Greek officials negotiated Tuesday with leaders of the International Monetary Fund, the European Central Bank and the European Commission, collectively known as the Troika, about the size of the country's latest budget deficit.

At the heart of the talks is a difference about the size of the deficit: Athens says it will be smaller than what the Troika is expecting, which -- if true -- would mark significant progress for the euro zone's sickest economy.

“There are growing differences between Athens and the Troika,” a euro zone official told Reuters“The Greeks are saying: ‘We are doing enough,' and the Troika says they need new steps to close the budget,” he said.

There has been a debate between leaders about a hole in their projected budget for next year. While the Troika had predicted that the country will see a fiscal shortfall of nearly 2 billion euros ($2.7 billion) next year, its leaders contend the difference is merely 500 million euros, and can be closed with changes to the social security system.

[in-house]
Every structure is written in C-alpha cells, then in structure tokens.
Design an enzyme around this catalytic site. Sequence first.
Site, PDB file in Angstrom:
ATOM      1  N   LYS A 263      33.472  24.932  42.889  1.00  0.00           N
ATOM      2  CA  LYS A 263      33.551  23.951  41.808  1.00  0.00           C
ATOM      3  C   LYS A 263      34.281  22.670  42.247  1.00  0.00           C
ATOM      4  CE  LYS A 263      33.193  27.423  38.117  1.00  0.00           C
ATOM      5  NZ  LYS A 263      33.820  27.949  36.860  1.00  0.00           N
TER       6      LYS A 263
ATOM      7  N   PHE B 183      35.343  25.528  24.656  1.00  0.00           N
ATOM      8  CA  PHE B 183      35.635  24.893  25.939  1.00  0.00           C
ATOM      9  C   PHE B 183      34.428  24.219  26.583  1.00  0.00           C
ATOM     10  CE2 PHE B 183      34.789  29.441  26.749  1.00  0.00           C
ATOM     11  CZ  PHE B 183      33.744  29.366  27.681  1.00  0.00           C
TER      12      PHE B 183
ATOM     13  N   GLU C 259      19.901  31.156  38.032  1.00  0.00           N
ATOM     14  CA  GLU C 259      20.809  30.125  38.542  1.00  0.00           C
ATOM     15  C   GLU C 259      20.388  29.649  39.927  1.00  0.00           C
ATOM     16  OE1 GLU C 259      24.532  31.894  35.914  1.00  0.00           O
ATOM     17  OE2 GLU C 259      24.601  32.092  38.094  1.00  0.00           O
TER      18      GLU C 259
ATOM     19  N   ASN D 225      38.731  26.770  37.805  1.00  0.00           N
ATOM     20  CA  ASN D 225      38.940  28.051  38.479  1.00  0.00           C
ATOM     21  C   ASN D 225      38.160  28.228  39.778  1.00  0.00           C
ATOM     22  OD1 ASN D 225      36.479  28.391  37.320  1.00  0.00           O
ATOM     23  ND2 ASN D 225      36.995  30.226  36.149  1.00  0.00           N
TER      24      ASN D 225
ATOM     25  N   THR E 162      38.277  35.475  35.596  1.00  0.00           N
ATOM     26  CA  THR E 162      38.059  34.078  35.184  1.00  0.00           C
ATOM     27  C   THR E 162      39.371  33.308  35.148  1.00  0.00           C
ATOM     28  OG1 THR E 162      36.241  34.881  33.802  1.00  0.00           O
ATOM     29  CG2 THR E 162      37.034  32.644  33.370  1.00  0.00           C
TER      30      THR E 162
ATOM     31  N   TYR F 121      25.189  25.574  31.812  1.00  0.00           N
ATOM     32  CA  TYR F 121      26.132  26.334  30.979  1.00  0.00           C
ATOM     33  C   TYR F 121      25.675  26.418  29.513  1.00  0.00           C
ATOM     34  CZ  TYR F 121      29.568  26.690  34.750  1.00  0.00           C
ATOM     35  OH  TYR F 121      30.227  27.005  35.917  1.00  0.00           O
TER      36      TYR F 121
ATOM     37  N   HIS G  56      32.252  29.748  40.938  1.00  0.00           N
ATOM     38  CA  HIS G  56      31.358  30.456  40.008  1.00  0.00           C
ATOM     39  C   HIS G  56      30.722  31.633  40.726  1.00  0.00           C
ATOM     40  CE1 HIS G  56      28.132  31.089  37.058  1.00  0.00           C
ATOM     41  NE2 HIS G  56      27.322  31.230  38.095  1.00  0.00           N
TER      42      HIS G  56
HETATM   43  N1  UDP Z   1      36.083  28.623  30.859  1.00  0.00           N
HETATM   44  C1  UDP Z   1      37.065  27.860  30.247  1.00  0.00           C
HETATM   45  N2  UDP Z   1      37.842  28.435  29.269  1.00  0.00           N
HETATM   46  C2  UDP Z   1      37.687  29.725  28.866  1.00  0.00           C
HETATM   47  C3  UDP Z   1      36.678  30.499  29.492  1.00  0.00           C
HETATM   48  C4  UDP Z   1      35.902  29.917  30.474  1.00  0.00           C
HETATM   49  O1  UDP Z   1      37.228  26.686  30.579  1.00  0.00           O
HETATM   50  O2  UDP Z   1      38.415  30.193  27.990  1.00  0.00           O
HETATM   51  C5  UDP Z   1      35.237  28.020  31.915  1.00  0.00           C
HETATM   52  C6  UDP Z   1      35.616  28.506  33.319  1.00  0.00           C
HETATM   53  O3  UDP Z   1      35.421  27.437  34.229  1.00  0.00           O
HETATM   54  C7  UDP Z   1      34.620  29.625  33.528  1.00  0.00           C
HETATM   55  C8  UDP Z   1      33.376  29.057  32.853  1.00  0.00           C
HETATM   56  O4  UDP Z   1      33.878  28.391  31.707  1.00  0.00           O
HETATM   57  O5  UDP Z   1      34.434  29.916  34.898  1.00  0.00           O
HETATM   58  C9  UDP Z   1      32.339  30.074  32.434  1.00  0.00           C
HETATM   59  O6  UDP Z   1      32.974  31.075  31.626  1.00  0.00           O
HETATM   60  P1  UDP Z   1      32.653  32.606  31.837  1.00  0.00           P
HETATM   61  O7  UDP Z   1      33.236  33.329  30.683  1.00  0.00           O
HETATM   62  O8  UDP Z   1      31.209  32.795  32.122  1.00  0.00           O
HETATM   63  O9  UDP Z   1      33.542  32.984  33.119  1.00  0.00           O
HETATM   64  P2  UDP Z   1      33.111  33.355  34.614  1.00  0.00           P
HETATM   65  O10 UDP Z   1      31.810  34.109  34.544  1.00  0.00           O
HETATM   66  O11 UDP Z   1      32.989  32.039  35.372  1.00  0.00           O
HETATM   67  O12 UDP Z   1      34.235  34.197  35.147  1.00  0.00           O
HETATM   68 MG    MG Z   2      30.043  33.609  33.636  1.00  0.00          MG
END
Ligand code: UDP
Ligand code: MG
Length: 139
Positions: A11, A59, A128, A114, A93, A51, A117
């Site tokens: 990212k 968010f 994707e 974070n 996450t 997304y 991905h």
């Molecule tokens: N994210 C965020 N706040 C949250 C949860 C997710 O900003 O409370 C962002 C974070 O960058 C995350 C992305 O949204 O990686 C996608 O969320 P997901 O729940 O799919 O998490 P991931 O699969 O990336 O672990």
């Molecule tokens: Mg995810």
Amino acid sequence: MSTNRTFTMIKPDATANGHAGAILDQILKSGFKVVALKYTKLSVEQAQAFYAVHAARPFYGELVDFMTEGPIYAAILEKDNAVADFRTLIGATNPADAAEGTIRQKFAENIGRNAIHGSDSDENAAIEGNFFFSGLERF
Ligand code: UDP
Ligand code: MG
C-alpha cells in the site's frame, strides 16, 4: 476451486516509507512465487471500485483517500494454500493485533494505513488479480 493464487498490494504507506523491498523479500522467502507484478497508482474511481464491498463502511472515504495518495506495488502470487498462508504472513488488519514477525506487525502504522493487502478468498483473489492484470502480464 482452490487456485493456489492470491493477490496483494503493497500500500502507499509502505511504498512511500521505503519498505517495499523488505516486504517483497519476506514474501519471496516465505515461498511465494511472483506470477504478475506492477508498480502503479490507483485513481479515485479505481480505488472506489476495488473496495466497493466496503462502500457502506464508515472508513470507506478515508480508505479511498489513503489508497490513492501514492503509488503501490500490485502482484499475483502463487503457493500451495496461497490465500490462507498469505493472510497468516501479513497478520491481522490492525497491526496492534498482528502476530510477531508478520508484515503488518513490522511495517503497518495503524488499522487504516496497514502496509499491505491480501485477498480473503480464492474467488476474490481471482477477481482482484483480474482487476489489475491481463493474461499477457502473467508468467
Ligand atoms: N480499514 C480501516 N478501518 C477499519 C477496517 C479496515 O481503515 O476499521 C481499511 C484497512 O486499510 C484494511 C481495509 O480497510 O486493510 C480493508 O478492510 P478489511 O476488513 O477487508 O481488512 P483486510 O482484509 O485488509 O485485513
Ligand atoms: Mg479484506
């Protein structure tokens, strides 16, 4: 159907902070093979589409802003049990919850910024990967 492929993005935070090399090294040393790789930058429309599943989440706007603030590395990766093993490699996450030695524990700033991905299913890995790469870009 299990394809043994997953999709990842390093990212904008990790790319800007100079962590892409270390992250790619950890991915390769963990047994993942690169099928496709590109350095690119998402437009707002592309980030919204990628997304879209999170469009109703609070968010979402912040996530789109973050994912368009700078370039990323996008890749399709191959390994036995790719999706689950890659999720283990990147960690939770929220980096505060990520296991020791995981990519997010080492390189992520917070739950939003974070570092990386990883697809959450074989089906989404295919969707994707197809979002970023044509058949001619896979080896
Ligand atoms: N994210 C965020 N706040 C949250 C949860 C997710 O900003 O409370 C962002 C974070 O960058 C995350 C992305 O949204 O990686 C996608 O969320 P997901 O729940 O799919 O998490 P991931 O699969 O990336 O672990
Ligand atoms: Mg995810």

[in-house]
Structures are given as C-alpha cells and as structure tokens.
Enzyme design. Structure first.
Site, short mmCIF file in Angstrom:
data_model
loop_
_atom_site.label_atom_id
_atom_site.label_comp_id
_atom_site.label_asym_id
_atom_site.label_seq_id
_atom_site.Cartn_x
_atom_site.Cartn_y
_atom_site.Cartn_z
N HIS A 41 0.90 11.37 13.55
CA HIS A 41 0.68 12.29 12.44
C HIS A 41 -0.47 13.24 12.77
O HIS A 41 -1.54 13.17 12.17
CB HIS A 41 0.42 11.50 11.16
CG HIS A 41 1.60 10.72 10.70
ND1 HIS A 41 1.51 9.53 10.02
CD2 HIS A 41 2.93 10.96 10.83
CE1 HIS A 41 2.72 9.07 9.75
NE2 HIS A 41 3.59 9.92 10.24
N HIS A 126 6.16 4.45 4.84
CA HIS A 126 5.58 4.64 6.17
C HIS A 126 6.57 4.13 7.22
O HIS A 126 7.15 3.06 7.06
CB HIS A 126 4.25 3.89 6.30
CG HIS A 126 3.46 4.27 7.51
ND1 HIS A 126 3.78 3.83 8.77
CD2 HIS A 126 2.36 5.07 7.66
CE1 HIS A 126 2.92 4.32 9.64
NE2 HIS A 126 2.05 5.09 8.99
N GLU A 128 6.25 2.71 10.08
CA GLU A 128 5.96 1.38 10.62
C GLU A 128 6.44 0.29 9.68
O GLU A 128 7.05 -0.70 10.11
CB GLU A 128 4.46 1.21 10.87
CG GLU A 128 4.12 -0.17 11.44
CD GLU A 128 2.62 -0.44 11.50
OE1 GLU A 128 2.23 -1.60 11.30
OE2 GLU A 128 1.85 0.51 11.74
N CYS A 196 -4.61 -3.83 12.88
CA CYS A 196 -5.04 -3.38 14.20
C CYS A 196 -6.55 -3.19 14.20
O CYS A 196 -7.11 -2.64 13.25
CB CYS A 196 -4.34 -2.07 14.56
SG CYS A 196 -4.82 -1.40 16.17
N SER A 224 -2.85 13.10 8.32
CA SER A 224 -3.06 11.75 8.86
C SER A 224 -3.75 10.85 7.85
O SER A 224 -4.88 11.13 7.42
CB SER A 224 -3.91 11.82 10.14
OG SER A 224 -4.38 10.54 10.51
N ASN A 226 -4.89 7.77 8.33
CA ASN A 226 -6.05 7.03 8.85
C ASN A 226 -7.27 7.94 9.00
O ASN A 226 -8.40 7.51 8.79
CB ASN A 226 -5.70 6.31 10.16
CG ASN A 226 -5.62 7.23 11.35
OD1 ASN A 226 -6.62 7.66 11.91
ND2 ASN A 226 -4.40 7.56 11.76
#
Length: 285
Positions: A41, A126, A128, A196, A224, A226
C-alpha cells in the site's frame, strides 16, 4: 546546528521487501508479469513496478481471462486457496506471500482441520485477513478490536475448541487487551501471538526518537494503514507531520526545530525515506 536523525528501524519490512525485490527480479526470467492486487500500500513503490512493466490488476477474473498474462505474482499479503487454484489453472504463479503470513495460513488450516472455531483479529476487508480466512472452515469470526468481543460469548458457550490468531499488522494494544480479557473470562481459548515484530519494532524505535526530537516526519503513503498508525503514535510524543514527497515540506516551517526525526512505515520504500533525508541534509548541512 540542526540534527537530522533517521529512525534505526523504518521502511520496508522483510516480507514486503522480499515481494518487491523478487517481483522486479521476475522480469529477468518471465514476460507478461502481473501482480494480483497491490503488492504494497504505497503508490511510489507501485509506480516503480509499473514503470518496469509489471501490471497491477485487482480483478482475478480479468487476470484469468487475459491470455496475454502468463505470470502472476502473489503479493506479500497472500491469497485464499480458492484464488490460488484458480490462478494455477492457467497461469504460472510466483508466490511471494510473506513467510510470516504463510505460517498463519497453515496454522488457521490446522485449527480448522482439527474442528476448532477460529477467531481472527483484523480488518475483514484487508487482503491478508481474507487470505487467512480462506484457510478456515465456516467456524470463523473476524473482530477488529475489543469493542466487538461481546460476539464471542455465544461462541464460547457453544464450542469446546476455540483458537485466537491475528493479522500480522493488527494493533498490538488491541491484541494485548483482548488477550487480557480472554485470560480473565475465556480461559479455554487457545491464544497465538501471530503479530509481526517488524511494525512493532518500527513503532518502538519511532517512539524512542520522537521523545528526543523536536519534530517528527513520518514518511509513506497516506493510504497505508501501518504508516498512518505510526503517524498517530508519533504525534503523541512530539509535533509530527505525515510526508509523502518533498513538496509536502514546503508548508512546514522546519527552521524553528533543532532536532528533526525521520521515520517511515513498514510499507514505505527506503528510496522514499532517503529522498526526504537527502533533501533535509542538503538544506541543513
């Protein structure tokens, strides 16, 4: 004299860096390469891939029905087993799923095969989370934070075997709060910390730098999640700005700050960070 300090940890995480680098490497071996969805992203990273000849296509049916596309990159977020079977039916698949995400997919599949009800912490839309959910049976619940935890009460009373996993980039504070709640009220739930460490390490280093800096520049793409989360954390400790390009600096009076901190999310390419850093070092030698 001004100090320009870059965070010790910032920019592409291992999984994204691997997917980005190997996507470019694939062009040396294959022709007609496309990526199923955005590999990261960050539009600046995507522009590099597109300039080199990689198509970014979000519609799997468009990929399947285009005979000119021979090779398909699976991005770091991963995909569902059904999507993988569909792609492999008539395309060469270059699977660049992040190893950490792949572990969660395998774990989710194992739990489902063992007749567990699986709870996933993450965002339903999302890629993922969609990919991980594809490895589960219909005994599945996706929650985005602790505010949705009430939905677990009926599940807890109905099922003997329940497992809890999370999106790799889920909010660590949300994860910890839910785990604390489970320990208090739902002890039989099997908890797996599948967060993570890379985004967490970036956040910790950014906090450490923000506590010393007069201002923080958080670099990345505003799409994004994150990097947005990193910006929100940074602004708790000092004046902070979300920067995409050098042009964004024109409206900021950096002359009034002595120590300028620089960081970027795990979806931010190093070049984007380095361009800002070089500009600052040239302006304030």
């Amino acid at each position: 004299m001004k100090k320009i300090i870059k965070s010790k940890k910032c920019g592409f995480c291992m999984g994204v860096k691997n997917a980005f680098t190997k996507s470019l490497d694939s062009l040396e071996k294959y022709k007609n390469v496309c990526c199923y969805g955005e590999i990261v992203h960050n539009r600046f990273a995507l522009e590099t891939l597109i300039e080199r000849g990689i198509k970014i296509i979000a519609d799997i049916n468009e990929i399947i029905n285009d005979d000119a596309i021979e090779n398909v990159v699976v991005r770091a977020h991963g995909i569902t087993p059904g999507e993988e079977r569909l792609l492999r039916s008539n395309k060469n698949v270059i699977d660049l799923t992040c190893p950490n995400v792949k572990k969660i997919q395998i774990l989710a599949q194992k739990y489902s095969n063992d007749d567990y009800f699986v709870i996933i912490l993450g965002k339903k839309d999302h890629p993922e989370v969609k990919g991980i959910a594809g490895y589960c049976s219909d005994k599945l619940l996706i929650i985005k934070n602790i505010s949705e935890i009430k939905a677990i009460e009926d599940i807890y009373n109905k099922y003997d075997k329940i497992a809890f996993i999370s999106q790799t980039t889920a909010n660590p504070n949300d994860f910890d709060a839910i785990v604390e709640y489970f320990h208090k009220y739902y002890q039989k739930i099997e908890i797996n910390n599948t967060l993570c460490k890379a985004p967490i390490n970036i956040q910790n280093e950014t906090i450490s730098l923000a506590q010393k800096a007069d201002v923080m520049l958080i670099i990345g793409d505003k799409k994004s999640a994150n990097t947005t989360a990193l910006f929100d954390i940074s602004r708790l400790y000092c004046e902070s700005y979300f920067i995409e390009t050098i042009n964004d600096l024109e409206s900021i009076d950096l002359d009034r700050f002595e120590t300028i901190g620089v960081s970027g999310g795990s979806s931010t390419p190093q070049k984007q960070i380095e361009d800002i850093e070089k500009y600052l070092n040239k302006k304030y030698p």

Despite the difference of opinion, Greek Prime Minister Antonis Samaras said on a Greek television broadcast that the negotiations would not be adversarial.

“First let me say something – let’s do away with this notion that we are in some kind of war… it is a negotiation,” he said.

Since 2010, Greece has accepted 240 billion euros ($330.5 billion) of bailout money from its European neighbors and the IMF. But the money came with austerity conditions that slowed the economy and put a strain on its people.

Samaras emphasized in the broadcast that Greek officials will not accept any similar measures this time around.

“Society cannot take it, the economy cannot take it, and it is not even required by the country’s current financial situation,” he said.  

Unemployment in Greece for 2013 is likely to reach a record high of 27 percent, according to a European Commission report issued Tuesday morning. 

It also predicts that Greece’s gross domestic product will contract at a rate of 4 percent this year, but will expand at a rate of 0.6 percent next year. Meanwhile the public debt ratio will peak at 176 percent of GDP this year.  

The Athens Stock Exchange fell 0.8 percent Tuesday in its third day of decline.